Answer. The telegraph road leaves Fredericksburg from Hanover street, and runs through a depression in the hills in the direction of Bowling Green.

Question. How do you explain the fact that the enemy did not shell the city when our troops were crossed there? Answer. I cannot explain it. It is inexplicable to me that they did not

As I have before stated, it is reported under flag of truce that they had at one time shot heating with which to fire the city, and that would have made a terrible time of it.

do so.

Question. Was our recrossing made unbeknown to the enemy?

Answer. I think it was here; how it was down below I cannot say. It was late when I got the order to withdraw my command—between three and four o'clock in the morning-and it was between eight and nine o'clock when the last troops were withdrawn. The enemy did not seem to realize but that there were troops in the houses. I withdrew my exterior line of pickets last of all, and they were not followed by the enemy.

Question. Had they discovered that our troops were to be recrossed, what could they have done?

Auswer. I do not think we should have suffered much from their artillery fire un such a night as that was, as it would have been but random firing.

Monday, December 22, 1862. Major General Henry W. HALLECK sworn and examined.

By the chairman : Question. By a resolution of the Senate we are instructed to inquire into the recent assault on Fredericksburg, and the reasons for the delay in attacking the enemy's works. There seems to be a misunderstanding as to whose duty it was to furnish the pontoon boats. It appeared to be material that they should have been there at the same time that the army got there. The army got there first, and the pontoons did not get there till some time afterwards, through mistake or delay. That is a matter of inquiry. State, in your own way, anything you think material which will throw light upon the subject of our inquiry, and especially as to the delay.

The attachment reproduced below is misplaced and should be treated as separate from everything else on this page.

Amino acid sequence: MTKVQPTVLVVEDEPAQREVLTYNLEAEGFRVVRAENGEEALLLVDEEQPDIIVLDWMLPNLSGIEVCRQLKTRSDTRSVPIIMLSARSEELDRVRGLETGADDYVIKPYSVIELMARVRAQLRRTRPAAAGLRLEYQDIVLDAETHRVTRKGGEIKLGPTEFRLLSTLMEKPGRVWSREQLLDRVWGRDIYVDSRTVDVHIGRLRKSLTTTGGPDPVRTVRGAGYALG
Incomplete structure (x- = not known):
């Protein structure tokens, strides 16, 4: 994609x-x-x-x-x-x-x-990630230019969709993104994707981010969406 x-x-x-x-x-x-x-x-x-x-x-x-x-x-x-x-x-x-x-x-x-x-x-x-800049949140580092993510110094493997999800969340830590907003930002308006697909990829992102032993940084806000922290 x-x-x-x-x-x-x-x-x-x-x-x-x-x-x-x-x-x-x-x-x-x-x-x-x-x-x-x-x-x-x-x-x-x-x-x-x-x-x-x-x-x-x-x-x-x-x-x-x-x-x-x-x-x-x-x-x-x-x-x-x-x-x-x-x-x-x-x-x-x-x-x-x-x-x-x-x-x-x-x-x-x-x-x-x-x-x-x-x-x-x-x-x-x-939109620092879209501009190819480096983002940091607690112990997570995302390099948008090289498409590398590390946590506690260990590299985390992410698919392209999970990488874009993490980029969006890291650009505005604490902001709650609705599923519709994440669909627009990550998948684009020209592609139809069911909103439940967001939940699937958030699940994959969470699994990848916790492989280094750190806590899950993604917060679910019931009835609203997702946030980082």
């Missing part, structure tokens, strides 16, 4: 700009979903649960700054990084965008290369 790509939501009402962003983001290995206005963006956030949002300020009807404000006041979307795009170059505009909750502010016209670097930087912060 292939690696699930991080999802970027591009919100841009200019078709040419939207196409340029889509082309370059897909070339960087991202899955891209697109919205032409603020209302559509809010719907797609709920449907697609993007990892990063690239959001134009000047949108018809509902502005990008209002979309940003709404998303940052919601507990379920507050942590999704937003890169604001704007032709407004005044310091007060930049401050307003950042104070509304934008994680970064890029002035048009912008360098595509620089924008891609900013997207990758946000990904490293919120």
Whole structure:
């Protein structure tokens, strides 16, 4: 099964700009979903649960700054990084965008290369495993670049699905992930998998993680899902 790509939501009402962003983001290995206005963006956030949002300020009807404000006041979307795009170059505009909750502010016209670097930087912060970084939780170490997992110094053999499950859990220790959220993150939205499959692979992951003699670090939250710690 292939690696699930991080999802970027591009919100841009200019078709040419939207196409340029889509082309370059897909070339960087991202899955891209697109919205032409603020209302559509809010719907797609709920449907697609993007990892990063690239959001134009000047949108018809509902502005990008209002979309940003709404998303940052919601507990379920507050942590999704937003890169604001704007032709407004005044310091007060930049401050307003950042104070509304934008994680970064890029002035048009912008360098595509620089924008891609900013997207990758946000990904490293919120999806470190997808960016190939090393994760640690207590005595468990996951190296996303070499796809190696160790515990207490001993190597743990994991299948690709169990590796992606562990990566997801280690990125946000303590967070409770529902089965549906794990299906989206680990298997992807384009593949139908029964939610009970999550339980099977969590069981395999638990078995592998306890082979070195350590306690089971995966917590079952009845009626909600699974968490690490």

Answer. I will state that all the troops in Washington and its vicinity were under the command of General McClellan when he was relieved, and he issued his orders directly to the commanding officer of Washington, with one single restriction, that no troops should be moved from the command of Washington until I was notified by General McClellan or the commanding officer here. In all other respects they were all under his direction. General Burnside, when he relieved him, was told that they remained precisely the same as before. On my visit to General Burnside at Warrenton, on the 12th of November, in speaking about the boats and things that he required from here, I repeated to him that they were all subject to his orders, with that single exception. To prevent the necessity of the commanding officer here reporting the order for the boats here, the order was drawn up upon his table and signed by me directly to General Woodbury, on the evening of the 12th, I think, the evening that I was there. I saw General Woodbury on my return, and he told me he had received the order. I told him that in all these matters he was under General Burnside's direction; I had nothing further to give him, except to communicate that order to him. In conversation with him and General Meigs, it was proposed that the train of pontoons should go down by land, as they could be gotten down sooner in that way, without interfering with the supplies which had to be sent to Aquia creek. I gave no other order or direction in relation to the matter than that All other matters were under General Burnside's direction. He also informed me while at Warrenton, that Captain Duane, chief of the engineers, had already sent an order to Harper's Ferry for the pontoon train there to go down. The order had been issued. They being under General Burnside's immediate and direct command, I did not interfere at all in relation to them.

Question. Do you know whether there was any delay in starting them, or in their progress there?

Rep. Com. 108-43